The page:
a man is despised. All the people compare him with Pius VII. saying to the French, ‘Slay me if you will; I cannot yield,’ and feel the difference. I was on Monte Cavallo yesterday. The common people were staring at the broken windows and burnt door of the palace where they have so often gone to receive a blessing, the children playing, ‘Sedia Papale. Morte ai Cardinali, e morte al Papa!’ The men of straw are going down in Italy everywhere; the real men rising into power. Montanelli, Guerazzi, Mazzini, are real men; their influence is of character. Had we only been born a little later! Mazzini has returned from his seventeen years exile, ‘to see what he foresaw.’ He has a mind far in advance of his times, and yet Mazzini sees not all. Rome, May 7, 1848.— Good and loving hearts will be unprepared, and for a time must suffer much from the final dereliction of Pius IX. to the cause of freedom. After the revolution opened in Lombardy, the troops of the line were sent thither; the volunteers rushed to ac— company them, the priests preached the war as a crusade, the Pope blessed the banners. The report that the Austrians had taken and hung as a brigand one of the Roman Civic Guard,—a well-known artist engaged in the war of Lombardy,— roused the people; and they went to the Pope, to demand that he should declare war against the Austrians. The Pope summoned a consistory, and then declared in his speech that he had only intended local reforms; that he regretted the misuse that had been made of his name; and wound up by lamenting the war as offensive to the spirit of religion. A momentary stupefaction, followed by a passion of indignation,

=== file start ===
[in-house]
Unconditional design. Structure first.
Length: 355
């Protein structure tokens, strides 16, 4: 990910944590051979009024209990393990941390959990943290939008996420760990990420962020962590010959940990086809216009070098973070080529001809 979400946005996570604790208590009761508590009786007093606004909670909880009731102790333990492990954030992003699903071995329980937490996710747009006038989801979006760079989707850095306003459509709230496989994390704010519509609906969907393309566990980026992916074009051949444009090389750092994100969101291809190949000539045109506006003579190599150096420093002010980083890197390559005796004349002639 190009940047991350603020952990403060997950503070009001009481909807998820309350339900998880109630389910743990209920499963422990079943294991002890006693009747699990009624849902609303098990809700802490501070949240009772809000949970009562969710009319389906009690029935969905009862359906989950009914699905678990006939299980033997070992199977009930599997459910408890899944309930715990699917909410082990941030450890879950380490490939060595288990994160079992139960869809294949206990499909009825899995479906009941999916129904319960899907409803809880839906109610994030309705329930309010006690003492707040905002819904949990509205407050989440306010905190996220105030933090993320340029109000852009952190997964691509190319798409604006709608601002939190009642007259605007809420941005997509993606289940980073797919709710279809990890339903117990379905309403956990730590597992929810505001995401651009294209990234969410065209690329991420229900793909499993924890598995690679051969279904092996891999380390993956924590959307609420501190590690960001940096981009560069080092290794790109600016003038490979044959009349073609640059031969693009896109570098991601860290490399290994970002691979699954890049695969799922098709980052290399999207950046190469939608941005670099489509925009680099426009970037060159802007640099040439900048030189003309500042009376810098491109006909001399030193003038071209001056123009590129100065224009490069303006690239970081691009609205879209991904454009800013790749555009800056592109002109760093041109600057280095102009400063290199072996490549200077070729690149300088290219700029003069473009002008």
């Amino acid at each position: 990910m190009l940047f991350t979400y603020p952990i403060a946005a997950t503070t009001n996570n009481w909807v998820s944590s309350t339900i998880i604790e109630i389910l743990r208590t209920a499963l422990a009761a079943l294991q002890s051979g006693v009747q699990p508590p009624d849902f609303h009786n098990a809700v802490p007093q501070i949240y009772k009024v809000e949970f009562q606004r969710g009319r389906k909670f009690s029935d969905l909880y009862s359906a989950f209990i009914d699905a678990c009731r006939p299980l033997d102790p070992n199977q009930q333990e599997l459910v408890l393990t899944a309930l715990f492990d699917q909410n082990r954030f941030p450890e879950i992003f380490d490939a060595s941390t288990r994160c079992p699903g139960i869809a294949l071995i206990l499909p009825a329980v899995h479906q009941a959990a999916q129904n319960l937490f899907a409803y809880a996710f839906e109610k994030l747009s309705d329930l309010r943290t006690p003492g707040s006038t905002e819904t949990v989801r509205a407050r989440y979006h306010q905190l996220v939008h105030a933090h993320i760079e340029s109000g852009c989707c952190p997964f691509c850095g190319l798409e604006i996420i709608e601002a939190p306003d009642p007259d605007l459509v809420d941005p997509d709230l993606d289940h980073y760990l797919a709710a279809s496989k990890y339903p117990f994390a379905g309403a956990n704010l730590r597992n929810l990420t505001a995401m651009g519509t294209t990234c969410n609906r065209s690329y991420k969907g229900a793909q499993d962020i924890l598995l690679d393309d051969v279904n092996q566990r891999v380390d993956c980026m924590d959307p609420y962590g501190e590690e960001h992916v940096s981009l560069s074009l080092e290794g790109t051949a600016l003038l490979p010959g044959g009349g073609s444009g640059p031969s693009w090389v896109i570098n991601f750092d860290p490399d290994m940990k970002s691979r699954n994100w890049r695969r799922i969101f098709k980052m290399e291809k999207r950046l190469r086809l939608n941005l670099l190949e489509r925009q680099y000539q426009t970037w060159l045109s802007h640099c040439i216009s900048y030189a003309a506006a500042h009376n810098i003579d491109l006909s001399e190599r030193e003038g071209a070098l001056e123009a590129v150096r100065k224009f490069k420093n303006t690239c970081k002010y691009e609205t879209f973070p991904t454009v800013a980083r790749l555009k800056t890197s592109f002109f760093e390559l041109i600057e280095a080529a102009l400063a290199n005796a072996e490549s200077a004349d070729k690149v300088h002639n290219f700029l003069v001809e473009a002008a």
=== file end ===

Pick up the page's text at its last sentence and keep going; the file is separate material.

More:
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V. Conversations in Boston .
VI . Jamaica Plain .
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